Wait, I must be confused again. The election of President Barrack Obama promised to usher in a new age of love from the Muslim sphere. Nope, somehow the words “love” got mixed up with “revulsion.”

The drone attacks in Yemen signal a possible ramp up in kinetic action against Al-Qaeda. Hold on now. The administration promised no more war and pledged to try to withdraw all the military from areas of conflict. Oh, I see. Because drones are robots piloted from simulators in Utah, it is ok and not actual boots-on-the-ground.

The hard reality is this: the current Al-Qaeda in the Middle East has arisen like a phoenix from the ashes of Al-Qaeda Iraq (AQI). It has helped plunge Iraq back into a civil war, is fighting against Assad in Syria, operating in Libya, and training in Yemen.

The Arab Spring gave Al-Qaeda the perfect opportunity to move into the chaos that ensued. We absconded the field and hung any allies out to dry. We still have troops scattered throughout the Middle East, but none are in a position to start fighting a hot war in a faraway nation (outside Afghanistan that is).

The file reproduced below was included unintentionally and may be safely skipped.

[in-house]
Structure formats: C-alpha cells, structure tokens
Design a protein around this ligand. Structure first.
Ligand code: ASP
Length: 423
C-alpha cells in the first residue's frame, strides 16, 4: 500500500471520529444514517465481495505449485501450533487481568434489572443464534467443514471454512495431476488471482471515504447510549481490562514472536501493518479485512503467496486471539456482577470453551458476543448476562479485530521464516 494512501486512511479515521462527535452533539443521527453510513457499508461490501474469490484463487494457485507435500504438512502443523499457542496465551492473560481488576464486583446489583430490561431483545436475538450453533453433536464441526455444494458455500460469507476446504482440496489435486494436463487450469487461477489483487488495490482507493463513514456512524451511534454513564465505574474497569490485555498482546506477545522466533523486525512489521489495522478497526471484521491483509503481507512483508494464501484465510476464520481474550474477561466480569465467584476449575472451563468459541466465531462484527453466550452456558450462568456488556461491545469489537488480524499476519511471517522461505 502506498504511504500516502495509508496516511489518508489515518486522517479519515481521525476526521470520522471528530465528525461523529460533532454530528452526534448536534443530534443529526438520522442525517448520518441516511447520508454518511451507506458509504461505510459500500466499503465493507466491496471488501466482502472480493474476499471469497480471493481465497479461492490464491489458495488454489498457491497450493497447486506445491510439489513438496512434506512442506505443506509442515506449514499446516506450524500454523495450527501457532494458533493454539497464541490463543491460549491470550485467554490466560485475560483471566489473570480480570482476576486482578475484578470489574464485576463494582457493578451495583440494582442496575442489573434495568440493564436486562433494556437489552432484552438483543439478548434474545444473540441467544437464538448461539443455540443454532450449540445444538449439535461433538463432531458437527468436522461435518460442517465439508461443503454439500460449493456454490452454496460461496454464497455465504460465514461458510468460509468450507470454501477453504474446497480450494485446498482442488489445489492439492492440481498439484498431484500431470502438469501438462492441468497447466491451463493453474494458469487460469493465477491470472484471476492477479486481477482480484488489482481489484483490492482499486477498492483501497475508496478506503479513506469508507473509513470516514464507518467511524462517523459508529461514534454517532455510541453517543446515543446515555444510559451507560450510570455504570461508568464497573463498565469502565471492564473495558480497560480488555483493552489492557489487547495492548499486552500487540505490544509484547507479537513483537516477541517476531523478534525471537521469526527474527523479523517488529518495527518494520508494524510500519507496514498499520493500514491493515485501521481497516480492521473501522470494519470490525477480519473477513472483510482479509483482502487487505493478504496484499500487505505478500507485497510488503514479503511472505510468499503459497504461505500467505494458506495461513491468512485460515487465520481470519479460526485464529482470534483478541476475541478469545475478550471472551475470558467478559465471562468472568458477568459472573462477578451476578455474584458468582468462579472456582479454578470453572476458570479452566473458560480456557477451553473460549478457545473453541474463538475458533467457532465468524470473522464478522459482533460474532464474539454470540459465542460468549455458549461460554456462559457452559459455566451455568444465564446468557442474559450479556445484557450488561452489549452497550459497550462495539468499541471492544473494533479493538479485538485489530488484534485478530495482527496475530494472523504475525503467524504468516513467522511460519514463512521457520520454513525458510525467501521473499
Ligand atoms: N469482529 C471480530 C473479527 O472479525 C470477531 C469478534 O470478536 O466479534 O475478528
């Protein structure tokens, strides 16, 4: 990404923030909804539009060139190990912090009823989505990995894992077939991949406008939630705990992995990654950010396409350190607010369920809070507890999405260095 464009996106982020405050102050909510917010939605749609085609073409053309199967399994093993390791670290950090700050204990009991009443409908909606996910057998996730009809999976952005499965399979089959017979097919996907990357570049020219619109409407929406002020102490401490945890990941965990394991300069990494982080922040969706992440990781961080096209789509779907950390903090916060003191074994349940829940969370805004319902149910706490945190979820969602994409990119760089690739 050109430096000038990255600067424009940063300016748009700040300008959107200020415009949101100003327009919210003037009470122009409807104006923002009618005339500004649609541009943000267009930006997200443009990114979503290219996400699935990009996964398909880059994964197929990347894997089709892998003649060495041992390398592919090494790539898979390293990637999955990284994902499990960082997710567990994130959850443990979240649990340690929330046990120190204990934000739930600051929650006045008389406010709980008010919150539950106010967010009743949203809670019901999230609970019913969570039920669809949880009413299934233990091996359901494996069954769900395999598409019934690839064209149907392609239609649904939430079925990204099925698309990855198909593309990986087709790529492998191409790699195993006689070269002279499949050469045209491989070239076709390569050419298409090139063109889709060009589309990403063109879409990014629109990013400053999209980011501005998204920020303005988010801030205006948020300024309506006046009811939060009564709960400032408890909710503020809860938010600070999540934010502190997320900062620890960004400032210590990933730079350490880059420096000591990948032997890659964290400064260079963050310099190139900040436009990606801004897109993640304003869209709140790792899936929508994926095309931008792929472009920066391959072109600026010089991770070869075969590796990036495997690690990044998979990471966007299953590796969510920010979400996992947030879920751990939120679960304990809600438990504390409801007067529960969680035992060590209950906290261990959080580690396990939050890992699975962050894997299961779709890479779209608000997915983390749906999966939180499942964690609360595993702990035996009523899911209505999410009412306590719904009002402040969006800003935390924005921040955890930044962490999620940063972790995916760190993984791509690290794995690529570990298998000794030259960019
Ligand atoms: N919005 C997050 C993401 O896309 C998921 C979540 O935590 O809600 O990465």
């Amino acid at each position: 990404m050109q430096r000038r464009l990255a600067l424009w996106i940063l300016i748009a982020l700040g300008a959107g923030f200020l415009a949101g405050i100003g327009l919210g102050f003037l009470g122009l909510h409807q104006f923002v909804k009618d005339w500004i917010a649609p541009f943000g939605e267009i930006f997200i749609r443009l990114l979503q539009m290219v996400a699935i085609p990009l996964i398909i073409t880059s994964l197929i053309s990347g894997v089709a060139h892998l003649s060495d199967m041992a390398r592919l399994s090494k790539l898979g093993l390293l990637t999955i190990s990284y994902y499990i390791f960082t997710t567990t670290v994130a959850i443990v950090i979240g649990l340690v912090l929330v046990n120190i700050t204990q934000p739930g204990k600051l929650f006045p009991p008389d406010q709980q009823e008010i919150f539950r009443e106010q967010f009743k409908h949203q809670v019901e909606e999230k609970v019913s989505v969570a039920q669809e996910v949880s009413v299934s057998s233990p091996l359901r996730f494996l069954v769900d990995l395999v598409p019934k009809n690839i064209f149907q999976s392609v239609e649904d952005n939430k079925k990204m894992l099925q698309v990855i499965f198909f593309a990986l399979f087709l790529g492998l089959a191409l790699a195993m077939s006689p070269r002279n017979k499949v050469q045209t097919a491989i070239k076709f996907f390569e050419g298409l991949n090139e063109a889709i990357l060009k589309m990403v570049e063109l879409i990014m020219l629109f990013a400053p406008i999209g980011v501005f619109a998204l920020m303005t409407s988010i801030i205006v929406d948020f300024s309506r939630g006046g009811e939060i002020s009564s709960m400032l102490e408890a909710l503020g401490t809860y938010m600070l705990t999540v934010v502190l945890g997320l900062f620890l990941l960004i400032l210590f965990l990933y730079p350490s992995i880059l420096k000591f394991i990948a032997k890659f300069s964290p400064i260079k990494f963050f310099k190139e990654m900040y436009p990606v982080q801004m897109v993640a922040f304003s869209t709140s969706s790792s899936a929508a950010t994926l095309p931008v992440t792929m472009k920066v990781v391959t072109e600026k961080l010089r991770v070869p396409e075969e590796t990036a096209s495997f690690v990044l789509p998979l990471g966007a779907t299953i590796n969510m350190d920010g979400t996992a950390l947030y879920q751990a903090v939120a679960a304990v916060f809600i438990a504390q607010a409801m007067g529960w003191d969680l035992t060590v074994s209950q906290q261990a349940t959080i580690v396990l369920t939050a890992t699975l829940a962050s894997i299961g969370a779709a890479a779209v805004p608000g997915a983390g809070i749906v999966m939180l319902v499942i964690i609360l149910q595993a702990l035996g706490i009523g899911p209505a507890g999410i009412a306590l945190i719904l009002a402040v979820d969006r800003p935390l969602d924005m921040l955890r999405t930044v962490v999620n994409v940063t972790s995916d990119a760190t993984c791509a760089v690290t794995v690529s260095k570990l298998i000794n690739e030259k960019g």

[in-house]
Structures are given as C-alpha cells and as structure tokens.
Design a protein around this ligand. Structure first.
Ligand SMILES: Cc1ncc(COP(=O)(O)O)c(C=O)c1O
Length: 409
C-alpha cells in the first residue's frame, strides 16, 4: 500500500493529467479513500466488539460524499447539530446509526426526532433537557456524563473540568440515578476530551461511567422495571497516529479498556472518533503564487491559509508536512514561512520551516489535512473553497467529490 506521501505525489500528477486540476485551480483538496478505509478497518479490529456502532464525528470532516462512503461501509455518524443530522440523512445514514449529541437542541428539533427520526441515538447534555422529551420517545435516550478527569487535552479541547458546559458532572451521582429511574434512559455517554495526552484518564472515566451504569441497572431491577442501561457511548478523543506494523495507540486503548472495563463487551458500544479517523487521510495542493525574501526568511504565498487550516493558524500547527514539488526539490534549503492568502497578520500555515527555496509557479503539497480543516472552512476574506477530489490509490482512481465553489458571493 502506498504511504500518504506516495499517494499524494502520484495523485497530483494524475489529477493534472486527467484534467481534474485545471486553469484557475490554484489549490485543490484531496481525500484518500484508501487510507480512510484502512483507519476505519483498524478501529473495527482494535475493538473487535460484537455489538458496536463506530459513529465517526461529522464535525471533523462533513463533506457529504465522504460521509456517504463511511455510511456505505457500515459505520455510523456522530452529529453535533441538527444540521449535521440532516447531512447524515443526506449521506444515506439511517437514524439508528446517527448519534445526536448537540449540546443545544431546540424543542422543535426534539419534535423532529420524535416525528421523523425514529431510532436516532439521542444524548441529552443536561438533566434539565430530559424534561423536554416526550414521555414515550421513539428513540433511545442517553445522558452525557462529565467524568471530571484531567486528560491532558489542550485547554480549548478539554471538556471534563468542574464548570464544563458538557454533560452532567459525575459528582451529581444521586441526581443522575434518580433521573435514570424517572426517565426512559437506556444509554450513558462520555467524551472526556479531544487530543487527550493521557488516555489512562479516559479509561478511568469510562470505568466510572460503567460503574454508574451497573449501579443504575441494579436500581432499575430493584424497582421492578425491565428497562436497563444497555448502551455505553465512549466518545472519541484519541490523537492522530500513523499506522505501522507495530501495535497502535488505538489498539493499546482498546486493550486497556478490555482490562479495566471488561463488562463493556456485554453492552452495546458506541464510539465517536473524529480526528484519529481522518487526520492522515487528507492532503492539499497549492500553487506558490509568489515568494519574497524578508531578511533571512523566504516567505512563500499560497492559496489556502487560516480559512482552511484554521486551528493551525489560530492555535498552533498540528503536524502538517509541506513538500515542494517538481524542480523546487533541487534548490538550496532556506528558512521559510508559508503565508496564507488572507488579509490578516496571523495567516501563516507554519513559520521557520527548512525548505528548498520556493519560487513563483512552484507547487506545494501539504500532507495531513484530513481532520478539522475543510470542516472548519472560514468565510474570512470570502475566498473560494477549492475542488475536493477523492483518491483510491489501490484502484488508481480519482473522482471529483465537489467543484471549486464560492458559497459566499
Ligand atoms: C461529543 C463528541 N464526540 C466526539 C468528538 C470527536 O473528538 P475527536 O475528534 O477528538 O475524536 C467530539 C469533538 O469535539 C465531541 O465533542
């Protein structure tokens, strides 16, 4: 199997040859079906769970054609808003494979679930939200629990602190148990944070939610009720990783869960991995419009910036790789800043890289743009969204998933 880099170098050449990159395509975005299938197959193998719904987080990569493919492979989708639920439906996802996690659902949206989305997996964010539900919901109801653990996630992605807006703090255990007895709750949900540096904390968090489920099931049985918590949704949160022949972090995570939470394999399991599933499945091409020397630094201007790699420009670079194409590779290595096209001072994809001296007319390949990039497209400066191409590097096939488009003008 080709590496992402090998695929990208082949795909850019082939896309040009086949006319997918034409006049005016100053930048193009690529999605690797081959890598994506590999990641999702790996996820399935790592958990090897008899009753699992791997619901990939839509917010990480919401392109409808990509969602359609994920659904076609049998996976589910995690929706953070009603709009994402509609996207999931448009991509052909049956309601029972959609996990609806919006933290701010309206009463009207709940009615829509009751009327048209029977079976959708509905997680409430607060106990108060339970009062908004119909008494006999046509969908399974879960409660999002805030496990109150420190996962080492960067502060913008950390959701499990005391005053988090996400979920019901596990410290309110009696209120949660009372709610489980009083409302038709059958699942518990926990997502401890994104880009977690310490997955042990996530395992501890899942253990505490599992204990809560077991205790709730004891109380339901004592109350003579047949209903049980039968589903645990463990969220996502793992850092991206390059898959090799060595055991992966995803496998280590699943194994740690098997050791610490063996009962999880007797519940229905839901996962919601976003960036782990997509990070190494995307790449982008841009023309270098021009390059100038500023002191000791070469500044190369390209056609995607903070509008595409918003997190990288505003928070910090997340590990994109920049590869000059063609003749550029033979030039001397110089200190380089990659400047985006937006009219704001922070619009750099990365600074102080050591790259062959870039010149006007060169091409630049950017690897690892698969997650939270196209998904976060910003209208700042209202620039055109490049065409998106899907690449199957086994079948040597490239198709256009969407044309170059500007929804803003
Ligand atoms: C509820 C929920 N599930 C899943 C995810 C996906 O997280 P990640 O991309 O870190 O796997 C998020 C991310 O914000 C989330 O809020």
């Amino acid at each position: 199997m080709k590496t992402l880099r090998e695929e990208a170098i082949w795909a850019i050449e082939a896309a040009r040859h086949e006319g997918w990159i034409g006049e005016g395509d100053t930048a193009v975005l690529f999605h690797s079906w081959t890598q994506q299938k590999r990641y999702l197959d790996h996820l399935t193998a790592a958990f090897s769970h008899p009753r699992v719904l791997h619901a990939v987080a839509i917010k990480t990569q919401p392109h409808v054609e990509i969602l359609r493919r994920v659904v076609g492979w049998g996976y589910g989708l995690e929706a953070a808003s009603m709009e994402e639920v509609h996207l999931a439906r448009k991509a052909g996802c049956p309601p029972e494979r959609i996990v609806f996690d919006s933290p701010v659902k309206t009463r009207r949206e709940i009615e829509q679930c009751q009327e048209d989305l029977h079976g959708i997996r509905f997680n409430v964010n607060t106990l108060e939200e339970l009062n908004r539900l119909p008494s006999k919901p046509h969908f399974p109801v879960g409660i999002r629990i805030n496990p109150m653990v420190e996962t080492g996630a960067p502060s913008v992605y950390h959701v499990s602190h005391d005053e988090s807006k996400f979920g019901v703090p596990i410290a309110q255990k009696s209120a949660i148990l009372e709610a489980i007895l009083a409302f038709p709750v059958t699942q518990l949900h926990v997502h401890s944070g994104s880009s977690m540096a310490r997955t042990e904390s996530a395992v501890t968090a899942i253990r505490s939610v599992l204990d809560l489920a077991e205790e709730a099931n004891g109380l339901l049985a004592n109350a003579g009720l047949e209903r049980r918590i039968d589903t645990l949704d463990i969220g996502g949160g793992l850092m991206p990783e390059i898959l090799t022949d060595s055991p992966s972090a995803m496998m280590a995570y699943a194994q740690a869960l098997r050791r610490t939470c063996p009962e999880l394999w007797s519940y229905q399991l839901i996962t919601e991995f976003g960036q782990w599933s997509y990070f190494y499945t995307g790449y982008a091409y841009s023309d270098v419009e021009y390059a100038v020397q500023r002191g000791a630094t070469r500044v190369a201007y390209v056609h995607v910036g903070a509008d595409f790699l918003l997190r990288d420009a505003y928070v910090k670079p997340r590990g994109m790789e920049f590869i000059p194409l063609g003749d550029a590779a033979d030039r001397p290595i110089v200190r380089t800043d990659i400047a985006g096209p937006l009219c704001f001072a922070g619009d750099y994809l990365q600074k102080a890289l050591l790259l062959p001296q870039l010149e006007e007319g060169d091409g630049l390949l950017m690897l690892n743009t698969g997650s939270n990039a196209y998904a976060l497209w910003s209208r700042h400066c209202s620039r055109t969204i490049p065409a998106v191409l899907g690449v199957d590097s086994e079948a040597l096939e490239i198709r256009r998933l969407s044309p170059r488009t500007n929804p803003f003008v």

Yes, the Bush administration is responsible for creating AQI by invading Iraq. Just like the US helped create what would become the Taliban during the Afghan war against the Soviets. Read more ..

The Media on Edge

The Death of The Washington Post

August 12th 2013


"In the good old days" a reader's world was filled with newspapers, several coexisted competitively in a single urban area and even in the rural hinterlands. The choice for a subscriber for dawn home delivery by a boy on a bicycle or picked up at the local newsstand en route to work was based on one's "worldview," however vague. It was a filter for what was then considered a welter of reporting of events out there in the wide world, although in America before World War II largely confined to North American happenings.